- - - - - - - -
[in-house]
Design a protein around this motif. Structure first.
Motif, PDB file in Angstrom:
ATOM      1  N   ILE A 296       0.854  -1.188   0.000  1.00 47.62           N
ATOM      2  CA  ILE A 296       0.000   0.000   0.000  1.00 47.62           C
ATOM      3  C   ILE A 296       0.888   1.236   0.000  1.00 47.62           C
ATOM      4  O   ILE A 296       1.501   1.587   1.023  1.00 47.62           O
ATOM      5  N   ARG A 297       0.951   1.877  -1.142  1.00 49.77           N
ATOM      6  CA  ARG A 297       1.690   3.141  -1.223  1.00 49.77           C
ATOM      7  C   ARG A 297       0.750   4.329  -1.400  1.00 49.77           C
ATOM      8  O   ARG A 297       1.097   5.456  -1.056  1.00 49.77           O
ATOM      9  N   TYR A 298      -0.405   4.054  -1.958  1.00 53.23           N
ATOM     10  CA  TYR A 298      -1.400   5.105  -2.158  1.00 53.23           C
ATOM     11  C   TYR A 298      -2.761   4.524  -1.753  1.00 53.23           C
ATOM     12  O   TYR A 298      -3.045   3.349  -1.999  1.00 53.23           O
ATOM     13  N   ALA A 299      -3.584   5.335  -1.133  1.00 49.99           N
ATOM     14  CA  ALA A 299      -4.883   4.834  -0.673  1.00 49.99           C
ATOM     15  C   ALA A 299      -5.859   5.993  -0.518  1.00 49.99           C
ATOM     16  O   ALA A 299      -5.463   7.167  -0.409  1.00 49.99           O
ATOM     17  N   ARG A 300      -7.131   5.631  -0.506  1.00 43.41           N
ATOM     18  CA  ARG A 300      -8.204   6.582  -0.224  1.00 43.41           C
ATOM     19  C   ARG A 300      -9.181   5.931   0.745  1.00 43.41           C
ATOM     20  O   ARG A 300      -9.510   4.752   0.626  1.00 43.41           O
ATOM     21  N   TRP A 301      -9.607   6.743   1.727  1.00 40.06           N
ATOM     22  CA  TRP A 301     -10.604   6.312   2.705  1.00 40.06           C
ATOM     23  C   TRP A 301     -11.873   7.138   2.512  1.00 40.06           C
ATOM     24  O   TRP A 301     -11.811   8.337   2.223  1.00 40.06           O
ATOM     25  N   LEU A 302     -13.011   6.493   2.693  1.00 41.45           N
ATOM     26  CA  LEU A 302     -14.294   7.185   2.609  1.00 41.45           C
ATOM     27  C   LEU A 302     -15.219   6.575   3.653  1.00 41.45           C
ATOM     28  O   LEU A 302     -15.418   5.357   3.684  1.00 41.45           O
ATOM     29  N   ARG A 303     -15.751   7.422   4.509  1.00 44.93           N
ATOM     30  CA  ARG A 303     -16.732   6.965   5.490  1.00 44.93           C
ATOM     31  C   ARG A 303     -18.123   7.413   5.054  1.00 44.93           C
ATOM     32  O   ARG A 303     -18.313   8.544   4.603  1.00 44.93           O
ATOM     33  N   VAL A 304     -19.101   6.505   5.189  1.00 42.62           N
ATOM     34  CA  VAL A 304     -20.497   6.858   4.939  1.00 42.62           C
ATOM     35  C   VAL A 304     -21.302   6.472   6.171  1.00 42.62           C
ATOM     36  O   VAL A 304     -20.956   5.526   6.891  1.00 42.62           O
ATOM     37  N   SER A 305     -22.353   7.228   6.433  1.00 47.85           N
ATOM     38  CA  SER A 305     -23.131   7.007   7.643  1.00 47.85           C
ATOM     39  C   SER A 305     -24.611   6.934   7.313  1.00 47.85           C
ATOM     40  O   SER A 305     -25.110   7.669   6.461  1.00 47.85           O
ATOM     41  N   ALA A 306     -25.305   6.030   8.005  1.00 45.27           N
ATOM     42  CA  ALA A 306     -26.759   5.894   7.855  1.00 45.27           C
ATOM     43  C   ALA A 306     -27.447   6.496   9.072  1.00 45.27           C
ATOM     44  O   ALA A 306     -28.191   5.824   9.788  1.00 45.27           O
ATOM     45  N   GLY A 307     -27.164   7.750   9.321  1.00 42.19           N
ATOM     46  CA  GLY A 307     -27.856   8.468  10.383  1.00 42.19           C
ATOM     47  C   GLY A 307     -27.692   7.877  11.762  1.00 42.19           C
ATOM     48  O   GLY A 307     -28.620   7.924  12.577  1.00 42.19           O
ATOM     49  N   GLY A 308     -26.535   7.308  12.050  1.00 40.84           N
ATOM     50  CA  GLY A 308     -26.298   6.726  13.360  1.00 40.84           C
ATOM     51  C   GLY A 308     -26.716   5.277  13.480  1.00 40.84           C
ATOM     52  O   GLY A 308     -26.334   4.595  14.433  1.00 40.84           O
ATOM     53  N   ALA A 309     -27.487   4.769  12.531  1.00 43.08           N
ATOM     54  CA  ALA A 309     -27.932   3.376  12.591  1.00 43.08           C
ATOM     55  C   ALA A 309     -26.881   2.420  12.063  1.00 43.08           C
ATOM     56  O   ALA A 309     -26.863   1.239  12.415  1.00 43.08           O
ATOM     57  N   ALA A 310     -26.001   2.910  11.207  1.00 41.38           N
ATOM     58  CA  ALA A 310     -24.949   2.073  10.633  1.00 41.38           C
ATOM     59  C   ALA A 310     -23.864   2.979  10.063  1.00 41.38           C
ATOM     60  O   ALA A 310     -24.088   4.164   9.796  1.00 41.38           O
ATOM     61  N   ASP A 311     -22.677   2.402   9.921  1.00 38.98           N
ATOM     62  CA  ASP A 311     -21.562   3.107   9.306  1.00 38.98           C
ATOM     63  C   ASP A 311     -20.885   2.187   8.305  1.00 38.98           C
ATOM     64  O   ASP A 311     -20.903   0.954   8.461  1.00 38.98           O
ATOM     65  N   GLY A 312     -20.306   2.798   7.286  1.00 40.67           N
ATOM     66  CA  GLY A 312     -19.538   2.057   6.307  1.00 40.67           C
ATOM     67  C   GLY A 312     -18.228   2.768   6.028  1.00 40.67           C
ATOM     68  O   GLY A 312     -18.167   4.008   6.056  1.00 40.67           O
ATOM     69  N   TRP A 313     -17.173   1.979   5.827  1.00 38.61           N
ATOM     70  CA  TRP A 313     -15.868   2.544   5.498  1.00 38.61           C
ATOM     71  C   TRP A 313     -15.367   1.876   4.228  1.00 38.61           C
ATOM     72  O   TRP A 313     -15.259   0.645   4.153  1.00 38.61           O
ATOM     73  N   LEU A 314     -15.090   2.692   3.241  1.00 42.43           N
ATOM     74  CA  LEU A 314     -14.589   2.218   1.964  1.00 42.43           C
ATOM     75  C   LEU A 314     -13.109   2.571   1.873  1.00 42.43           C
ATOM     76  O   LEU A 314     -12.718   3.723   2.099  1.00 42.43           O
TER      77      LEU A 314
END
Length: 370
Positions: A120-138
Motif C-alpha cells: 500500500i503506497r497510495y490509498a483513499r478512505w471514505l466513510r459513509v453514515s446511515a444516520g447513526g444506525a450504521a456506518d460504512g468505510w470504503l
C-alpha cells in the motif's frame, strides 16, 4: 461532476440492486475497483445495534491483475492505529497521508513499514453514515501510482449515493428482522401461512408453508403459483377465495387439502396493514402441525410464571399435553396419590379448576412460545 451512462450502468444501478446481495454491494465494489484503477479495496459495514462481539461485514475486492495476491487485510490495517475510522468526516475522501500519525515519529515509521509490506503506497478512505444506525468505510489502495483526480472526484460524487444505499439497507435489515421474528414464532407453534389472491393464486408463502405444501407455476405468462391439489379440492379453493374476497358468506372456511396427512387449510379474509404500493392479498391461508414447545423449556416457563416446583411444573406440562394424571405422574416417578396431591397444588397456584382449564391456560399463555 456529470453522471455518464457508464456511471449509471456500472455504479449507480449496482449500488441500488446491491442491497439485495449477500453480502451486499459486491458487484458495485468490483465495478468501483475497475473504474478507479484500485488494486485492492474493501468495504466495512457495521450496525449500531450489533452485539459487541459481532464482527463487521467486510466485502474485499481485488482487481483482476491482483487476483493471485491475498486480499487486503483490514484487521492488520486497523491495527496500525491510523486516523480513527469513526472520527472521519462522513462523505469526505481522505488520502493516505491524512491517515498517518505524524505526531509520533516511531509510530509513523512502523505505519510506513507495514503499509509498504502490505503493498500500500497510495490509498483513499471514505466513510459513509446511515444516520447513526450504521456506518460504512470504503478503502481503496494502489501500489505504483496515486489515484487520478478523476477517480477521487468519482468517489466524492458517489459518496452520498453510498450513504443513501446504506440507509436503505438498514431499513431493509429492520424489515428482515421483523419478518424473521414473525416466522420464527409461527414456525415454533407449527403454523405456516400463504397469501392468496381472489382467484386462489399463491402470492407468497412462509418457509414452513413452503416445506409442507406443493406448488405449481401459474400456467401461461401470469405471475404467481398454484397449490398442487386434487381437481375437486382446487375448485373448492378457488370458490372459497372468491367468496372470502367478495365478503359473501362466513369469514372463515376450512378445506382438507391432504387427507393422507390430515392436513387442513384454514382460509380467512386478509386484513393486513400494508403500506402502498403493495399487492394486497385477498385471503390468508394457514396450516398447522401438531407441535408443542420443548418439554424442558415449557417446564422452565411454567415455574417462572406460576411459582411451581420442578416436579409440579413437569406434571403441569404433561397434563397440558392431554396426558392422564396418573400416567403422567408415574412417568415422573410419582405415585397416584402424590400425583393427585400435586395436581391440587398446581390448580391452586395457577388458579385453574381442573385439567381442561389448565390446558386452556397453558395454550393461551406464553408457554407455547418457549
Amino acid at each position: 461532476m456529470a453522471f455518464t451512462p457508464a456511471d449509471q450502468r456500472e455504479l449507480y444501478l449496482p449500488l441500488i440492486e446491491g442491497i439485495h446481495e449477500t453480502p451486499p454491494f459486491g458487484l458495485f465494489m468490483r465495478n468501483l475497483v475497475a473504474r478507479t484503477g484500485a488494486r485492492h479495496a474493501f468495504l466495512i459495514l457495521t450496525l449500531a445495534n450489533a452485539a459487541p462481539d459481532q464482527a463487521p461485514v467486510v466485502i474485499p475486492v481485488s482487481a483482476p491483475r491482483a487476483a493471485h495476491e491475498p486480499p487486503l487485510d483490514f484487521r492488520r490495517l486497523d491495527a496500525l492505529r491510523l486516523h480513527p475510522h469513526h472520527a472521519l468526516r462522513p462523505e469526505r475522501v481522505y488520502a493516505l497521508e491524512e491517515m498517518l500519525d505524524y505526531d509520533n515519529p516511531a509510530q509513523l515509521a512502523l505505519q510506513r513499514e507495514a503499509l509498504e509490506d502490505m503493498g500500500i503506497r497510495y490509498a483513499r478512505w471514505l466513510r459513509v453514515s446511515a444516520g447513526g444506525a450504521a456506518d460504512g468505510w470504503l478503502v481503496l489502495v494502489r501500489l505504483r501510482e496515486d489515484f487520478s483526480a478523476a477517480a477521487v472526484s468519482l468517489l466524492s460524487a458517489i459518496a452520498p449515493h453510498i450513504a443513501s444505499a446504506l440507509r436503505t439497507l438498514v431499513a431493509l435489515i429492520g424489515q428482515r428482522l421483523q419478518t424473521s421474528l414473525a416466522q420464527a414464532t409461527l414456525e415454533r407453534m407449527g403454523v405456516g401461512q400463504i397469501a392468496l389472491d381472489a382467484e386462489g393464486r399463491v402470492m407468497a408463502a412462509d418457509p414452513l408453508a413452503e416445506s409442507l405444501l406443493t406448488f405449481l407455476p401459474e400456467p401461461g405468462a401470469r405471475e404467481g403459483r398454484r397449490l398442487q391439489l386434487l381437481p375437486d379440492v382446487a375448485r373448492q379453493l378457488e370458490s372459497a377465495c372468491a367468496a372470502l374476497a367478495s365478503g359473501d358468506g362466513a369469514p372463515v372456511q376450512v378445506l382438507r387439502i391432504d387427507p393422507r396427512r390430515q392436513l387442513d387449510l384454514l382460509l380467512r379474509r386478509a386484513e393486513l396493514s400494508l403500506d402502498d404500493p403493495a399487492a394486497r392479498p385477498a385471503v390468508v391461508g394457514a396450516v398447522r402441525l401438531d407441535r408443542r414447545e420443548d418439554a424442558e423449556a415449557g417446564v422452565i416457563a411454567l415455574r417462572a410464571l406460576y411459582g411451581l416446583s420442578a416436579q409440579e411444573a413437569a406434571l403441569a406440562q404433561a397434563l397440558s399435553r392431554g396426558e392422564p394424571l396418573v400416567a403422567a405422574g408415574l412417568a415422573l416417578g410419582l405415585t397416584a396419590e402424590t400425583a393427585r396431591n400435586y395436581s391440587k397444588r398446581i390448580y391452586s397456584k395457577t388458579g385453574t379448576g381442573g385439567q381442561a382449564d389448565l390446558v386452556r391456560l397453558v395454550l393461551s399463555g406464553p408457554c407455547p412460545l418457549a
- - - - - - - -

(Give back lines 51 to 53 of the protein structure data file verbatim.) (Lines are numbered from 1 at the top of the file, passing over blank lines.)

ATOM     48  O   GLY A 307     -28.620   7.924  12.577  1.00 42.19           O
ATOM     49  N   GLY A 308     -26.535   7.308  12.050  1.00 40.84           N
ATOM     50  CA  GLY A 308     -26.298   6.726  13.360  1.00 40.84           C